BATTLE OF SOHO

By Aro KOROL

ARO KOROL® MPC - as PROD

Documentary - Completed 2017

A feature documentary about the gentrification of Soho and other surrounding London areas.

Festivals
& Awards

Warsaw FF 2017
Documentary Competition
Hollywood International Documentary Awards 2017
Award of Excellence
    • Year of production
    • 2017
    • Genres
    • Documentary
    • Countries
    • UNITED KINGDOM
    • Languages
    • ENGLISH
    • Budget
    • N/A
    • Duration
    • 100 mn
    • Director(s)
    • Aro KOROL
    • Producer(s)
    • Aro KOROL (The Aro Korol Company Ltd.)
    • Synopsis
    • Inspired by the closure of Madame Jo Jo's, 'Battle of Soho' addresses gentrification within Soho, surrounding London areas, and other major global cities.

      Madame Jo Jo's was world renowned as the home of cabaret, hosting the scene's most notorious acts whilst additionally nurturing the budding performers of tomorrow in its unique, offbeat and extravagant fashion. Despite half a century of enthralling entertainment encompassing Paul Raymond's legacy, Madame Jo Jo's licence was revoked and subsequently closed in November 2014 following a violent incident in what was seen as a draconian move by Westminster Council.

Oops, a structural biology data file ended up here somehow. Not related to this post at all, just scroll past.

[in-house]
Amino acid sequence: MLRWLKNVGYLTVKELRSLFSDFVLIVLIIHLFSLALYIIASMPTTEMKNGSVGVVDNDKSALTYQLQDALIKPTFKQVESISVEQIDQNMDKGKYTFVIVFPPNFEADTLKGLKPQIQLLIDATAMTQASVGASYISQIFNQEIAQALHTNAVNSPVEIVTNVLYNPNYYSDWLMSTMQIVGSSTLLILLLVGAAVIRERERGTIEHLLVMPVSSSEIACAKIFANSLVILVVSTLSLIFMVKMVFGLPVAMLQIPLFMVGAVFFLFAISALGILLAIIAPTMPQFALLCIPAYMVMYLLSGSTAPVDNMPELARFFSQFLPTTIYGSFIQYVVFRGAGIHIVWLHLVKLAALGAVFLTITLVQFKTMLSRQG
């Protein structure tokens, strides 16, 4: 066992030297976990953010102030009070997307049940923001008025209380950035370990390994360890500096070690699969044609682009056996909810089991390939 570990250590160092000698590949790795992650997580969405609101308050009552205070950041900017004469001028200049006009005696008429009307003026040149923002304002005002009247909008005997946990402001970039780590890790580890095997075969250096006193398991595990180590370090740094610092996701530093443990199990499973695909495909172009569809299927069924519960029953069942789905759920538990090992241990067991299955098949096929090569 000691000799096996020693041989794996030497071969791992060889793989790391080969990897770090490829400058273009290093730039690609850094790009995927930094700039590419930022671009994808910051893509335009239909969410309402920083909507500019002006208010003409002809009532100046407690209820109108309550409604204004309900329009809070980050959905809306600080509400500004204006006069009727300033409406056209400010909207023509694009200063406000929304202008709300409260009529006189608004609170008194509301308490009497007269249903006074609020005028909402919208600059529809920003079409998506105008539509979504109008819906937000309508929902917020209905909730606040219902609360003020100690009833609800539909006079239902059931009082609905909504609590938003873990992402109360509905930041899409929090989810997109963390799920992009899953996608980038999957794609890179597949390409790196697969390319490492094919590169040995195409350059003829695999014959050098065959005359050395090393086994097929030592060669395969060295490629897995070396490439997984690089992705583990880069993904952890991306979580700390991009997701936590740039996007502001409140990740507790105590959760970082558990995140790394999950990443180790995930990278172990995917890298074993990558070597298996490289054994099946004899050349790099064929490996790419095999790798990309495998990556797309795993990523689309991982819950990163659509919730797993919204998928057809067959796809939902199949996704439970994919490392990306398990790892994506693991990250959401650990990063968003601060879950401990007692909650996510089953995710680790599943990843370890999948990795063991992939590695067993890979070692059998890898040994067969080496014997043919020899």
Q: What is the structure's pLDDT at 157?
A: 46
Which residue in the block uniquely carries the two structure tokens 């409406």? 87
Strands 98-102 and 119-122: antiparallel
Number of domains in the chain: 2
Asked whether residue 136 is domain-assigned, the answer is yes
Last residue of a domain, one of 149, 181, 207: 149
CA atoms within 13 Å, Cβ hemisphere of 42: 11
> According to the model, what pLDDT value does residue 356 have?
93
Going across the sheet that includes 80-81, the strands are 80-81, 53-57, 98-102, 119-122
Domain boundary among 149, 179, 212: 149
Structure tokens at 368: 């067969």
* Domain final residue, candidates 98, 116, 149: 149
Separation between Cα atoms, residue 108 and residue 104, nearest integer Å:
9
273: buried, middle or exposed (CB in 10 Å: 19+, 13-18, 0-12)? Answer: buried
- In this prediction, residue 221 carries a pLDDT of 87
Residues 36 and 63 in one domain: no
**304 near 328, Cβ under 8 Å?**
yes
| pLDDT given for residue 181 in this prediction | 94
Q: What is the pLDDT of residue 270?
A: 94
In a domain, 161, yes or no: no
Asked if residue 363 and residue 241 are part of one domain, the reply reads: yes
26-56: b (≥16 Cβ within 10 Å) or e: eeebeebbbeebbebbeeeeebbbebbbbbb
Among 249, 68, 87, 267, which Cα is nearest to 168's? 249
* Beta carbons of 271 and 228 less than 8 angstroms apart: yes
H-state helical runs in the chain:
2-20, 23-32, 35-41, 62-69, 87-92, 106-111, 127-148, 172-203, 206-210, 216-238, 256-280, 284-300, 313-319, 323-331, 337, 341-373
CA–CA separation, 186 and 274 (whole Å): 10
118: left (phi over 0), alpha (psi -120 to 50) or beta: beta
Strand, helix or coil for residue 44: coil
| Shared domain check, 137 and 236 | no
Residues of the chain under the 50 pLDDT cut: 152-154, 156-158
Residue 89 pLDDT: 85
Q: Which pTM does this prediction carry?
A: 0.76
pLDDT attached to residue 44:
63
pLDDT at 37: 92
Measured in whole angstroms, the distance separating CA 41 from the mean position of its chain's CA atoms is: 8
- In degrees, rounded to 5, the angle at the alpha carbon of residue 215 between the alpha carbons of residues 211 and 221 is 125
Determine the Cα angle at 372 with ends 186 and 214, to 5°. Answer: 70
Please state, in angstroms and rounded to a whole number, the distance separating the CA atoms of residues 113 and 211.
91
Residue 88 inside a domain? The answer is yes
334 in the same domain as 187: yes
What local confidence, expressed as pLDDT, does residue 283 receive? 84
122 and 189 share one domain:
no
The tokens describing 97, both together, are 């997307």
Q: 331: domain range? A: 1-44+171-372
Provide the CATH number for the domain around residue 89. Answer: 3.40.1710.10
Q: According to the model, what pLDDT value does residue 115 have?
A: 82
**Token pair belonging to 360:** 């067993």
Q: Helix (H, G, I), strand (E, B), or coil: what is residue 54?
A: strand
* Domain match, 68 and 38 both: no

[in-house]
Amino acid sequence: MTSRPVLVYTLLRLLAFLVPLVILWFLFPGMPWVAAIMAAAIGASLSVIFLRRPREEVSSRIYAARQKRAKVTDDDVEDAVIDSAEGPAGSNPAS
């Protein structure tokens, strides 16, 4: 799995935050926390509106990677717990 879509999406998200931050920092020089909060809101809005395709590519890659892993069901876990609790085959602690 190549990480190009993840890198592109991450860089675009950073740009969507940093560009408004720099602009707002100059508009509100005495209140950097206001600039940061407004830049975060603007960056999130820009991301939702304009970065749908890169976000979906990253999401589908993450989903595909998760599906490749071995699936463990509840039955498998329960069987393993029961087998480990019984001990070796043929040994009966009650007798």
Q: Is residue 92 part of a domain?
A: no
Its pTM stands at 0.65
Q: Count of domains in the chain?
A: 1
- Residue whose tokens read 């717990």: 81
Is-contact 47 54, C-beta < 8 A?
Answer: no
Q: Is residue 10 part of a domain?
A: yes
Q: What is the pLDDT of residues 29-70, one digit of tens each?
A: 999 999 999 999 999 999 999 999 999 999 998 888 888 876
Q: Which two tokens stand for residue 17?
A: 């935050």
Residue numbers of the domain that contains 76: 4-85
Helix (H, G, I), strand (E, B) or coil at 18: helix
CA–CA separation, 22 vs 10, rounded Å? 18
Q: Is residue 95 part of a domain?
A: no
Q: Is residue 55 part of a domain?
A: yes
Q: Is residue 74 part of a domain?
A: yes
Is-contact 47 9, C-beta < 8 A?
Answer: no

Amidst London's major plans for redevelopment exist the impending threats of closure on a multitude of London's iconic entertainment and social spaces. The resounding impact on performance art and culture is at the heart of 'Battle of Soho's message.

      Not least of the affected is Curzon, Soho. Built in 1912, Soho's acclaimed art house venue offers theatre screenings, premiers, director Q&A's as well as mainstream screenings, though Crossrail development details list Curzon, Soho as a "surface area of interest" for Crossrail's new ticket hall.

      Following campaigns, corporate interest, business owners and performers, 'Battle of Soho' documents the poignant current and historical events that are contributing to this - what is named by many - cultural catastrophe.

      'Battle of Soho' provides a voice to both the developers and those affected by assessing the extent of the impact this will have on the future of London's entertainment and sub-cultures. The power of collectivism reigns true throughout, demonstrating that although it may be too late to save New York, it is not too late to save London.